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One Stop Market Was on the Spot

Wed, 12/30/2020 - 08:27
Like many food stores, One Stop Market had to quickly change how it operated to meet customers' needs and keep them and the staff safe, said Erin Field, left, and Lauren Harrington, whose father owns the store.
Durell Godfrey

In mid-March, as stay-at-home orders went into effect, panicked buying was leading to shortages, and customers were nervous about going into grocery stores, many food stores pivoted to meet the new demands. 

Though worried, Lauren Harrington and Erin Field, whose father, Bill Hall, owns One Stop Market on Springs-Fireplace Road, quickly adjusted their operating procedures. Initially, there was curbside service only, overseen by Kristy Schopper, "our smile," Ms. Field said during a recent interview. Orders were phoned in, and, if shoppers were skittish about standing on line outside, Ms. Harrington would tuck bagged groceries into the opened trunks of backed-in vehicles. "We made home deliveries too," said Ms. Harrington.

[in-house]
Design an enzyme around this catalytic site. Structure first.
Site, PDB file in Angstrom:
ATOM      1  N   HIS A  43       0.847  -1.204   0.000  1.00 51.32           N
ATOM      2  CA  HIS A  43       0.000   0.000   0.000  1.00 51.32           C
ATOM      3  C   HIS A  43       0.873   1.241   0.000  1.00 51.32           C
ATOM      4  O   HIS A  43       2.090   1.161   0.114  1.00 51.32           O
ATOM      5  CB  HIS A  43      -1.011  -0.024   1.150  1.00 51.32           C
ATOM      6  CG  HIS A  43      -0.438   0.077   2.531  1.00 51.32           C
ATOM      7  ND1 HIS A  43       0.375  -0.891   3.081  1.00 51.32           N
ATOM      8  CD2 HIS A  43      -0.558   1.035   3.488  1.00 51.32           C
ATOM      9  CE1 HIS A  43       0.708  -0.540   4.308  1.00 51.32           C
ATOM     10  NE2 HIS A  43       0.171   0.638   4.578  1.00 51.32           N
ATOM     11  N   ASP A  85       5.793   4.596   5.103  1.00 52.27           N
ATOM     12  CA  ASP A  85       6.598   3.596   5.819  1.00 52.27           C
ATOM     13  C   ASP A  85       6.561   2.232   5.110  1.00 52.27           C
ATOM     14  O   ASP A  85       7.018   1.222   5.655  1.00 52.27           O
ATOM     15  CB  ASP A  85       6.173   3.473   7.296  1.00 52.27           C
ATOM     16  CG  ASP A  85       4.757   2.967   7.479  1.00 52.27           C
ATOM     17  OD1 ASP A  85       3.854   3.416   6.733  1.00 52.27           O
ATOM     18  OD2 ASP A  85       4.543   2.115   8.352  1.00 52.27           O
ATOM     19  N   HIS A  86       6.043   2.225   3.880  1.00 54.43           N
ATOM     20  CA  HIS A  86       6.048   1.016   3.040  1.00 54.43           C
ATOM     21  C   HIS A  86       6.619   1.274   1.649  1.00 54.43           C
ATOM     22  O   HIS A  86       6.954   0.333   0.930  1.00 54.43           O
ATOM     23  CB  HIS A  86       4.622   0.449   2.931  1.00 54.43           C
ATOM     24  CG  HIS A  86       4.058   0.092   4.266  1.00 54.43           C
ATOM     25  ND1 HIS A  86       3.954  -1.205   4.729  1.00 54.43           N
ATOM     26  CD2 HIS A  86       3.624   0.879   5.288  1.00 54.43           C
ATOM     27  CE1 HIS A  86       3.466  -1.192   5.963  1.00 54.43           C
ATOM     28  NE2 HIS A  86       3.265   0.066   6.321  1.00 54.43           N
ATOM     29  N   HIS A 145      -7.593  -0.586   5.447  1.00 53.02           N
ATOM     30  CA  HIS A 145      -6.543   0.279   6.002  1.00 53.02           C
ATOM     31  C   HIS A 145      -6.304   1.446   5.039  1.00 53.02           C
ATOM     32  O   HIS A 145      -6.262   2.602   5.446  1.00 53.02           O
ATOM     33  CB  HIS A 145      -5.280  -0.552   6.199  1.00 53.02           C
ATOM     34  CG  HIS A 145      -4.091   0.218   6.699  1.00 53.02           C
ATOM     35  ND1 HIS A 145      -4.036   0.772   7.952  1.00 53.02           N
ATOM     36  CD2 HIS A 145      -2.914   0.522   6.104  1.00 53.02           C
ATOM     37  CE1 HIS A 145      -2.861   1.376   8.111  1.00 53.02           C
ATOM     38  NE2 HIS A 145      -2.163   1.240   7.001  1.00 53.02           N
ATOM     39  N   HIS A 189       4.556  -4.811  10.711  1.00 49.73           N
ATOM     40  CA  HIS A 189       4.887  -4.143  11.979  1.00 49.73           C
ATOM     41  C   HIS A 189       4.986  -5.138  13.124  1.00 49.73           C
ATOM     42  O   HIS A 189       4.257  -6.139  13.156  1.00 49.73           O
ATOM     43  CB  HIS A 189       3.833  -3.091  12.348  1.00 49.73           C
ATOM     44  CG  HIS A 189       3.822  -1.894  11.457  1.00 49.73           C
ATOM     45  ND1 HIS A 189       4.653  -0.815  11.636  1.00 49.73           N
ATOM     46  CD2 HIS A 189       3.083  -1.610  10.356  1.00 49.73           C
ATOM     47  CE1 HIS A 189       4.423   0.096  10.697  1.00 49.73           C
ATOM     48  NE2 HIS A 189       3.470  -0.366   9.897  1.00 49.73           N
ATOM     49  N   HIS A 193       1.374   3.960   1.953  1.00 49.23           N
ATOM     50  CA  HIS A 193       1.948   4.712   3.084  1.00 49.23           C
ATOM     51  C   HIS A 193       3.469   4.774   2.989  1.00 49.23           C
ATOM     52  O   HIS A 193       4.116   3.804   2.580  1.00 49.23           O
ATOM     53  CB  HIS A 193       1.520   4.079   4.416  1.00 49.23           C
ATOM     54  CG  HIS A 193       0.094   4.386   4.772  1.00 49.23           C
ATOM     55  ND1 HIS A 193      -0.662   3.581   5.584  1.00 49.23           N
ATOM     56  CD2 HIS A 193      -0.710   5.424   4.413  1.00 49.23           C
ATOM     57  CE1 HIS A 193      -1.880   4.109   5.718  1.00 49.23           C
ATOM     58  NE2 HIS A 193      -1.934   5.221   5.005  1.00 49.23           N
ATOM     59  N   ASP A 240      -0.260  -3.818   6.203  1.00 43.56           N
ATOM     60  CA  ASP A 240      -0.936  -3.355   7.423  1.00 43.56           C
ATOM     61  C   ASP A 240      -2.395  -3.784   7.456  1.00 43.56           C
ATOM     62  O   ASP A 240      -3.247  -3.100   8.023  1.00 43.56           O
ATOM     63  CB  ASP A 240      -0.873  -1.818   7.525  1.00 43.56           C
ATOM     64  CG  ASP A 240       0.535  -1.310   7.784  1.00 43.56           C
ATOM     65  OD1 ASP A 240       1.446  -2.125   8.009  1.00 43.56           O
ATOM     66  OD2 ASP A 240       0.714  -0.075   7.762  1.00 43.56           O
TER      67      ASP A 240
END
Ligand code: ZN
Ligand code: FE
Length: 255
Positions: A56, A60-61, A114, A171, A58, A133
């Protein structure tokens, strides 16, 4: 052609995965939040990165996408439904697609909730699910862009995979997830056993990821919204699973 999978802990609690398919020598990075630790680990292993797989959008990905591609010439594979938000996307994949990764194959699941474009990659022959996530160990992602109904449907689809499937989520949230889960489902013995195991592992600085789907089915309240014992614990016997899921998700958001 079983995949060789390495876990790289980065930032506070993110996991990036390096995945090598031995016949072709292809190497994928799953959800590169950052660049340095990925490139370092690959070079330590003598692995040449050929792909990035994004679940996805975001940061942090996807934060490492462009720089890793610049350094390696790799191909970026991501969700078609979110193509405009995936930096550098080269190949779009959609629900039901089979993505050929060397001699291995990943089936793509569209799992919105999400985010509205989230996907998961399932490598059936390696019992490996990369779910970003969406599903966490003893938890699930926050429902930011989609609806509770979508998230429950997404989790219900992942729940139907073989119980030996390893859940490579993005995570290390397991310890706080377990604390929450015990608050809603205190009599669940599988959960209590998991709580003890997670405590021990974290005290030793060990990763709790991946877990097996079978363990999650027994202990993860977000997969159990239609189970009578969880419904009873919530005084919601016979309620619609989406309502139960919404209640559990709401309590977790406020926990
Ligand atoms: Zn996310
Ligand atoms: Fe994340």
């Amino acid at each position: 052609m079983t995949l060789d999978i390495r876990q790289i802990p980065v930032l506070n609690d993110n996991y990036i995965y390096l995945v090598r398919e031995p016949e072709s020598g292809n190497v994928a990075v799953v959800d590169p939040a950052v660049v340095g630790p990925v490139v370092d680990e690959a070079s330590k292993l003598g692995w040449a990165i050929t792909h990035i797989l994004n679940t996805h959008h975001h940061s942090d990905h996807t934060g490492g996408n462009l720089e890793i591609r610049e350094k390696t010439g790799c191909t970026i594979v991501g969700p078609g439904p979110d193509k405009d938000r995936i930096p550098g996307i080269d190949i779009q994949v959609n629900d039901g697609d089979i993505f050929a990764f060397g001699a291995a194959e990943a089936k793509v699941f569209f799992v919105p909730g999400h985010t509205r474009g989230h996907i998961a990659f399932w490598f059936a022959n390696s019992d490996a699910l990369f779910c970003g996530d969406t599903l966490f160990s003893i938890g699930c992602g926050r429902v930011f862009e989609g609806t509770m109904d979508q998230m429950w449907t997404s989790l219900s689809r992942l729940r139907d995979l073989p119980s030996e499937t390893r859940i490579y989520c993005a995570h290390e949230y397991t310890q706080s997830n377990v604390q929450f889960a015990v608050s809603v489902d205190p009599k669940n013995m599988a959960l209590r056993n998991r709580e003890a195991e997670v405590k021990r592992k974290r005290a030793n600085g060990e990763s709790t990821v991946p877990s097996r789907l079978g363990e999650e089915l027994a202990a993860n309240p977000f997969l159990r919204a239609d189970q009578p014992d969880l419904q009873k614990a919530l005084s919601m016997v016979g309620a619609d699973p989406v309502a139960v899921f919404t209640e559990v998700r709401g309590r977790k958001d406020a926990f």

One Stop's volume of business has been steady during the past nine months, "thanks to the loyalty of our customers," said Ms. Field.

"There haven't been any problems with following the protocols, with mask wearing, social distancing, and sanitizing," Ms. Harrington added.

And, the sisters said, when it came to their staff of 16, there had been no layoffs during this trying period.

Each of them has children -- Ms. Field, a 10-year-old daughter, Rylie, and Ms. Harrington, an 8-year-old son, Hunter, fifth and third-grade students at the John M. Marshall Elementary School, though they've been learning remotely in the company of babysitters during the pandemic. 

"We did what we had to do, the right thing," said Ms. Harrington when asked if the two of them had been wary of the possible consequences essential workers faced.

"And -- so far anyway," said Ms. Field, finding some window molding to knock on, "we've been very lucky."


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